Winter Storm Juno: New York's bad weather sees dating sites snowed under – with personal ads for 'blizzard buddies'

Snowstorms always bring a spike in traffic to sites like Craigslist. But why?

Caitlin Dewey
Wednesday 28 January 2015 19:57 GMT
The blizzard has created a boom in traffic for dating sites and applications. File photo
The blizzard has created a boom in traffic for dating sites and applications. File photo (Junos/beyond fotomedia/Getty Creative)

It’s an urban blizzard tradition as hallowed as online take-away deliveries and weather tweets: each time a snowstorm rolls in, singles flock to dating sites to find a “blizzard buddy”.

Craigslist was overrun with classifieds seeking “blizzard fun”, “Juno blizzard girlfriends”, or more risqué variations of the same. Dating site Zoosk logged 48 per cent more profile views and 71 per cent more first messages in New York than on a typical Tuesday.

Dating app The Grade had even more dramatic results: it saw nearly three-and-a-half times as much activity in the city on Monday as it had the week before.

While the worst of the storm appeared to bypass New York, other north-eastern areas of the US saw several feet of snowfall. Still, New York Mayor Bill de Blasio said that “you can’t put a price on safety”, after some of the city’s preparations for what had been labelled a potentially “historic” storm were criticised.

When you think about it, is inviting a stranger in such conditions the best idea? Should the power go out, or the streets become impassable, you’ll be stuck splitting your emergency provisions, loaning out extra jumpers and arguing over which Netflix film to stream. Of all the times to go on an online date, the time when you could end up stranded in a heatless, unlit flat seems like the least wise.

“It’s the same impulse reaction as jumping on Tinder right before New Year’s Eve,” explains Paul Brunson, a professional matchmaker. “We hate being alone in situations where it seems as if everyone else is enjoying the company of their significant other.”

Mr Brunson continues: “When it’s stormy outside and you’re stuck in your apartment, the last thing you want to do is scroll through your Instagram looking at pictures of couples enjoying their downtime together.”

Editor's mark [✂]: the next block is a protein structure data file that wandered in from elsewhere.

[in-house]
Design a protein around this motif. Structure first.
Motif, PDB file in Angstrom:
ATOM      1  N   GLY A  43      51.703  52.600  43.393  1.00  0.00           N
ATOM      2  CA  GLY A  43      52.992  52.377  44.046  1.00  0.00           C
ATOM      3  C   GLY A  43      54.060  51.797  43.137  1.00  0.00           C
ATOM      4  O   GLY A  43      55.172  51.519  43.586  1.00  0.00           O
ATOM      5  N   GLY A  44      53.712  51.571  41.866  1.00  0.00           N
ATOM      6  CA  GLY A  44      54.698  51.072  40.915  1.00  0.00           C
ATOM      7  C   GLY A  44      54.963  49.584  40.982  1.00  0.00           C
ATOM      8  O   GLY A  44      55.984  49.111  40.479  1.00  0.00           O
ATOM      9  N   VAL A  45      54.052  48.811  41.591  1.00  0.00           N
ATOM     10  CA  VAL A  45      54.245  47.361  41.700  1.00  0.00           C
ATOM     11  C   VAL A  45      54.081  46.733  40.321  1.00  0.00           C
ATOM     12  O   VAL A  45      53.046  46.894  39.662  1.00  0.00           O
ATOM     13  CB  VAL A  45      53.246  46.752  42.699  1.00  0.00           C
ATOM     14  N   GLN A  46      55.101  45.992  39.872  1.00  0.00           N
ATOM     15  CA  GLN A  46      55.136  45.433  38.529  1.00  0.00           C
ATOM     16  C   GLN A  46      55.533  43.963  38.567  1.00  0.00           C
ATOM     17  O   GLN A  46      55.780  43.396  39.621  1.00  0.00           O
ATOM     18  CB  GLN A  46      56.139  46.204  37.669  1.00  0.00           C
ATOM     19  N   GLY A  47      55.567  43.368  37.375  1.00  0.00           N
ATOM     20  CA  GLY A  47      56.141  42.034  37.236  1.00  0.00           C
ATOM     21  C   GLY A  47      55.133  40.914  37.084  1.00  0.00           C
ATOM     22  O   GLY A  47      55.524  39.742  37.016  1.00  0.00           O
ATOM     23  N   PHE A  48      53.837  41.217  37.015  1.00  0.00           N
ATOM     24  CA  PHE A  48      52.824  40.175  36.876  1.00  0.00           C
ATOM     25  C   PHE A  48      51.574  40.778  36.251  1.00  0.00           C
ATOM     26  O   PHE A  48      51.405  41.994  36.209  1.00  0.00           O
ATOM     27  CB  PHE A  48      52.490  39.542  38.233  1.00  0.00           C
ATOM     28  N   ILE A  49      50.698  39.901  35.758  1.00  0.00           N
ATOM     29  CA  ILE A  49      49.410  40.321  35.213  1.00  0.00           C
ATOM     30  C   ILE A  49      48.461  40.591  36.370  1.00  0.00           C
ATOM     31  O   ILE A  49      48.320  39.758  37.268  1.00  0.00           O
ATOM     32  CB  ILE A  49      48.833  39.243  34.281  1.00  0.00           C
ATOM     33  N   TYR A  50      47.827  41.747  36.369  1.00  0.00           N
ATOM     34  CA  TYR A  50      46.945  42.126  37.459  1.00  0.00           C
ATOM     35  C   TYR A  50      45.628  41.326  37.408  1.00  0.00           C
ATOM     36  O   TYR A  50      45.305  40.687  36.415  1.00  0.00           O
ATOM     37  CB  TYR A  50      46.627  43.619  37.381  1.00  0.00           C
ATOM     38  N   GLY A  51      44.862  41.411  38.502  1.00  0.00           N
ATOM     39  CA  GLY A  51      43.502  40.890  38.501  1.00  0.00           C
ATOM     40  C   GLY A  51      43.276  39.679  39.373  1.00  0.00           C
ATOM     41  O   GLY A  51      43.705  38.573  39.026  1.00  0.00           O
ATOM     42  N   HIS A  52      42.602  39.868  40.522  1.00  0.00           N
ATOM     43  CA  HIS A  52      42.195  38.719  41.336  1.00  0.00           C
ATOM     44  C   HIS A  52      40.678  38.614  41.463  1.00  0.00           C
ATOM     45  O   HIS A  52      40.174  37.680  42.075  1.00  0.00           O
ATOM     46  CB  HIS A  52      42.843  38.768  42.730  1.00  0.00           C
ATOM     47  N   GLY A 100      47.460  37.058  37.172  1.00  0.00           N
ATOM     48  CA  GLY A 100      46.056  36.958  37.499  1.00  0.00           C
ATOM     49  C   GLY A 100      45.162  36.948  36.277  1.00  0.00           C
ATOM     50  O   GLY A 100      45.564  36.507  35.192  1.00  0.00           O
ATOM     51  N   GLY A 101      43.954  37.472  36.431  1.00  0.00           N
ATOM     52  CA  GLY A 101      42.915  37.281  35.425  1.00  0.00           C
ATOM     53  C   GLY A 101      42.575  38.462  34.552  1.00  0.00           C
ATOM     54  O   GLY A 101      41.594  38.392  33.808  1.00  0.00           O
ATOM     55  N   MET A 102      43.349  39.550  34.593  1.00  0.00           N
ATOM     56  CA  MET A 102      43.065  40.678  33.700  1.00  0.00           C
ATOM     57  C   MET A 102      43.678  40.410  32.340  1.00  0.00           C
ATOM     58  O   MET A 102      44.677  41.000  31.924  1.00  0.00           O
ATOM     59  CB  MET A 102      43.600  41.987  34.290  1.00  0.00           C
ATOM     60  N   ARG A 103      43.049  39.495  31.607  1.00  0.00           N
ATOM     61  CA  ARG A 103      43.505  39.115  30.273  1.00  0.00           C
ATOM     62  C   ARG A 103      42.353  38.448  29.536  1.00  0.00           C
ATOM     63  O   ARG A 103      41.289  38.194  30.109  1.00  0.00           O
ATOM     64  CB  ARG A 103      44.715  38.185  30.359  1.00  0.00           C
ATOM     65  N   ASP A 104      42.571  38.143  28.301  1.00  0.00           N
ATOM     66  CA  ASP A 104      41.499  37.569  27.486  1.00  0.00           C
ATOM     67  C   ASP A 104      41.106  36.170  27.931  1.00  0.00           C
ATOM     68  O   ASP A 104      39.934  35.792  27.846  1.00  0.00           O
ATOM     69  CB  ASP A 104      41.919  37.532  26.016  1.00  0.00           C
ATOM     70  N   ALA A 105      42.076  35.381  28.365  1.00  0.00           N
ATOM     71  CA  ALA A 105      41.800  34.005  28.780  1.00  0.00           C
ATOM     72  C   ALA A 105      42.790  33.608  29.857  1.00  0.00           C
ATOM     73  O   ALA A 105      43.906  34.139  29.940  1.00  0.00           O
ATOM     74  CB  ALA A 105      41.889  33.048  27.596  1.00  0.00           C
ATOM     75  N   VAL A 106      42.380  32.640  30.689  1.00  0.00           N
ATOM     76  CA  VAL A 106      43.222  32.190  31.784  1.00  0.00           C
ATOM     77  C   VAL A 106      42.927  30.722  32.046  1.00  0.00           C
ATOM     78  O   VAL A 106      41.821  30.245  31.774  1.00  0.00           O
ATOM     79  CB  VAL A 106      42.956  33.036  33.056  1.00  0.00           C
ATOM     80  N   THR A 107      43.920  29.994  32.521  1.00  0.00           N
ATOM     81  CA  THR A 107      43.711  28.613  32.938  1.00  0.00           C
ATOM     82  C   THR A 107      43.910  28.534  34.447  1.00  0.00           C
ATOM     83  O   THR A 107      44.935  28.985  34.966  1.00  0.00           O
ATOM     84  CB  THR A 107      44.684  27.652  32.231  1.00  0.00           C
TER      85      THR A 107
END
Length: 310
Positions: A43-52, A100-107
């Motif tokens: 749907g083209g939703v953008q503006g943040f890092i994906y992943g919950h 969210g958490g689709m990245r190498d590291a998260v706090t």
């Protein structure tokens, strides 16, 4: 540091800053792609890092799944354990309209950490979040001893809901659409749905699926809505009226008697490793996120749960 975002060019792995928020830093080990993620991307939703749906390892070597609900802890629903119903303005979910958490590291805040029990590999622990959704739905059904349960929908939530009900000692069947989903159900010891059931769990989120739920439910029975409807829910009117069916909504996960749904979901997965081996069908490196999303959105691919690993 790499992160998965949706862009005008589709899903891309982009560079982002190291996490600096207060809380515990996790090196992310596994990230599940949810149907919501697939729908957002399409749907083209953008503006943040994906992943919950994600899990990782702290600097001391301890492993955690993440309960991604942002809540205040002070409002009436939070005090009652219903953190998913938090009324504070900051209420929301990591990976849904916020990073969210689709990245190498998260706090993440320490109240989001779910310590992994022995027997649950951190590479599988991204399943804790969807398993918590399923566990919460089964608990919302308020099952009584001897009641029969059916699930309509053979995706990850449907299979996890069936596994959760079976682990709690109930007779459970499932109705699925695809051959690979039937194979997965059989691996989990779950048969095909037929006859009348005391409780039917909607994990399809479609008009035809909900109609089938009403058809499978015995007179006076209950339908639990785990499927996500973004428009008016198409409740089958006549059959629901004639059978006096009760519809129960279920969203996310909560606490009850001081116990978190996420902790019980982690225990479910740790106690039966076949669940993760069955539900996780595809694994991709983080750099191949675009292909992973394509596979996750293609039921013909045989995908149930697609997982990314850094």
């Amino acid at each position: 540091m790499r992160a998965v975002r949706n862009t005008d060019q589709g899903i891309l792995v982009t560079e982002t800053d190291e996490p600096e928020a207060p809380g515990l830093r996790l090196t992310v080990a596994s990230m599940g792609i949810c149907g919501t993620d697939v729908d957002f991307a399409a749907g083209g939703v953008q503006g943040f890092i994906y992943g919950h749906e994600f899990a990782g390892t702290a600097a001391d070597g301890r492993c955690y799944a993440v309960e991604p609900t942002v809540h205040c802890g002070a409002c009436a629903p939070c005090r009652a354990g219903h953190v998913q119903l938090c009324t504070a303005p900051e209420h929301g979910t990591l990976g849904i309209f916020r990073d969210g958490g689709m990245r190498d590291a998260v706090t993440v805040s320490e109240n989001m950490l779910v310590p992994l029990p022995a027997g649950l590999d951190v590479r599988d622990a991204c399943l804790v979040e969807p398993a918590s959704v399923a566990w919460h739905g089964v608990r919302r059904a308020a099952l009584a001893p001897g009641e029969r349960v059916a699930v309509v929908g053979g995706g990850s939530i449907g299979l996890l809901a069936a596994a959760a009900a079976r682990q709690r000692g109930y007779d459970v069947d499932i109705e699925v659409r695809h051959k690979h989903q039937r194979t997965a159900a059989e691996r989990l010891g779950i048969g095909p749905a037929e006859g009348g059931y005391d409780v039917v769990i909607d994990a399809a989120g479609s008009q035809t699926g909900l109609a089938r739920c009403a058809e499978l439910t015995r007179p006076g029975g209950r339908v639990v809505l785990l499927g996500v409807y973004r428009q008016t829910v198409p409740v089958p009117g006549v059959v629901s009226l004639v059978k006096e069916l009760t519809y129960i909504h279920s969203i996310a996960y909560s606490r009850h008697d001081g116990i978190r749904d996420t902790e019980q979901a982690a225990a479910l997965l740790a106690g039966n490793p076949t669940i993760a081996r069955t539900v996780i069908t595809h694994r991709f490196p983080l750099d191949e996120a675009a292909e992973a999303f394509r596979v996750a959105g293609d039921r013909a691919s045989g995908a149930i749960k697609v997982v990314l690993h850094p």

This is, in other words, a classic case of Fomo – the jokey acronym for a real form of social anxiety, first coined at Harvard around the same time that Facebook was developing: a “Fear Of Missing Out”. But research suggests that loneliness, boredom and a working internet connection tend to exacerbate the feeling – which means, for those stuck at home, Juno is basically the perfect Fomo storm.

“(It’s) just an excuse for lonely people to connect over the internet,” one Craigslist-ing New Yorker said.

That’s certainly obvious in those “blizzard buddy” posts. But while you’ve got the usual flock of one-night-stand solicitations and other casual lewdities, there are also a whole lot of sweet, oddly innocent entreaties that speak directly to this whole couples-enjoying-their-downtime fantasy.

A 28-year-old on the Upper East Side offered beer, coziness and a full day of movies. A 29-year-old in Brooklyn promised a home-cooked meal and a box-set marathon to his “snow angel”, should she appear at his door. (“Yes, this is sincere,” the man told me by email. “I have received many, many responses.”) Rarely does a post fail to allude to hot chocolate, cuddling, fireplaces or some combination of the three.

“Snow days are as fun for adults as they are for kids,” the Brooklynite said. “It’s a little break from the social norms.” Or the idea of a break, at least. Of the blizzard-buddy seekers I spoke to, all were entirely sincere in their postings. But nobody had actually ended up cuddling with a stranger.

“I think it’s mostly bored people locked in the house who probably have no intentions of opening their doors for a stranger,” one man said.

But home alone, surfing Facebook, “liking” all those couples’ charming snow-day selfies? Even if they never planned to act on their Fomo, the fantasy was at least comforting.

© The Washington Post

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